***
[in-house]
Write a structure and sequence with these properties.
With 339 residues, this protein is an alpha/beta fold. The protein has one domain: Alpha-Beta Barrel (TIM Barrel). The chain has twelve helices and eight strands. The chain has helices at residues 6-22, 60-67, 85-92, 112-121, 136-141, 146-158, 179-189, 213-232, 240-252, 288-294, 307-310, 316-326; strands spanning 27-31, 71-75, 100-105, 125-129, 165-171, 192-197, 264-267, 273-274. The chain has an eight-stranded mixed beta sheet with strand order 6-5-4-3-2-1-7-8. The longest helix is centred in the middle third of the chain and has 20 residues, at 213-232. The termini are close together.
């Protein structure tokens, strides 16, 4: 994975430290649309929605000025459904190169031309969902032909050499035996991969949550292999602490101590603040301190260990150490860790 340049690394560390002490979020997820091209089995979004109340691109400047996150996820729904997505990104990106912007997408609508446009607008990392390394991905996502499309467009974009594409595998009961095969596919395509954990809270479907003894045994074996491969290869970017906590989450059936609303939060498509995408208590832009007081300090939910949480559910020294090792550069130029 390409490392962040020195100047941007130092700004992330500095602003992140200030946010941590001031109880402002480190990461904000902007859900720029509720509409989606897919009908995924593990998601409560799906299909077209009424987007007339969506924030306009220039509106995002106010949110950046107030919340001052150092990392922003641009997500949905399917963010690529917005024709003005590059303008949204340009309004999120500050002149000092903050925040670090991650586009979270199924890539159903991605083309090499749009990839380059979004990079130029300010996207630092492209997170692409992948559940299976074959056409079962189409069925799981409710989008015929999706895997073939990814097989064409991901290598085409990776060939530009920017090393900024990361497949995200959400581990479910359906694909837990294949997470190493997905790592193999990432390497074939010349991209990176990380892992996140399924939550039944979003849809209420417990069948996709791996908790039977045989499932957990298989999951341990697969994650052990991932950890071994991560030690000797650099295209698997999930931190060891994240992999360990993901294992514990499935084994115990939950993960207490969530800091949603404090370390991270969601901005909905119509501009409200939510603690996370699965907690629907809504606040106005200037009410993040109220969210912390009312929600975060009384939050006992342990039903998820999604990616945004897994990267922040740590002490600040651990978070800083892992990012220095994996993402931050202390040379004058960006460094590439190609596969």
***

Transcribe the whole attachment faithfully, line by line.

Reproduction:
[in-house]
Write a structure and sequence with these properties.
With 339 residues, this protein is an alpha/beta fold. The protein has one domain: Alpha-Beta Barrel (TIM Barrel). The chain has twelve helices and eight strands. The chain has helices at residues 6-22, 60-67, 85-92, 112-121, 136-141, 146-158, 179-189, 213-232, 240-252, 288-294, 307-310, 316-326; strands spanning 27-31, 71-75, 100-105, 125-129, 165-171, 192-197, 264-267, 273-274. The chain has an eight-stranded mixed beta sheet with strand order 6-5-4-3-2-1-7-8. The longest helix is centred in the middle third of the chain and has 20 residues, at 213-232. The termini are close together.
């Protein structure tokens, strides 16, 4: 994975430290649309929605000025459904190169031309969902032909050499035996991969949550292999602490101590603040301190260990150490860790 340049690394560390002490979020997820091209089995979004109340691109400047996150996820729904997505990104990106912007997408609508446009607008990392390394991905996502499309467009974009594409595998009961095969596919395509954990809270479907003894045994074996491969290869970017906590989450059936609303939060498509995408208590832009007081300090939910949480559910020294090792550069130029 390409490392962040020195100047941007130092700004992330500095602003992140200030946010941590001031109880402002480190990461904000902007859900720029509720509409989606897919009908995924593990998601409560799906299909077209009424987007007339969506924030306009220039509106995002106010949110950046107030919340001052150092990392922003641009997500949905399917963010690529917005024709003005590059303008949204340009309004999120500050002149000092903050925040670090991650586009979270199924890539159903991605083309090499749009990839380059979004990079130029300010996207630092492209997170692409992948559940299976074959056409079962189409069925799981409710989008015929999706895997073939990814097989064409991901290598085409990776060939530009920017090393900024990361497949995200959400581990479910359906694909837990294949997470190493997905790592193999990432390497074939010349991209990176990380892992996140399924939550039944979003849809209420417990069948996709791996908790039977045989499932957990298989999951341990697969994650052990991932950890071994991560030690000797650099295209698997999930931190060891994240992999360990993901294992514990499935084994115990939950993960207490969530800091949603404090370390991270969601901005909905119509501009409200939510603690996370699965907690629907809504606040106005200037009410993040109220969210912390009312929600975060009384939050006992342990039903998820999604990616945004897994990267922040740590002490600040651990978070800083892992990012220095994996993402931050202390040379004058960006460094590439190609596969």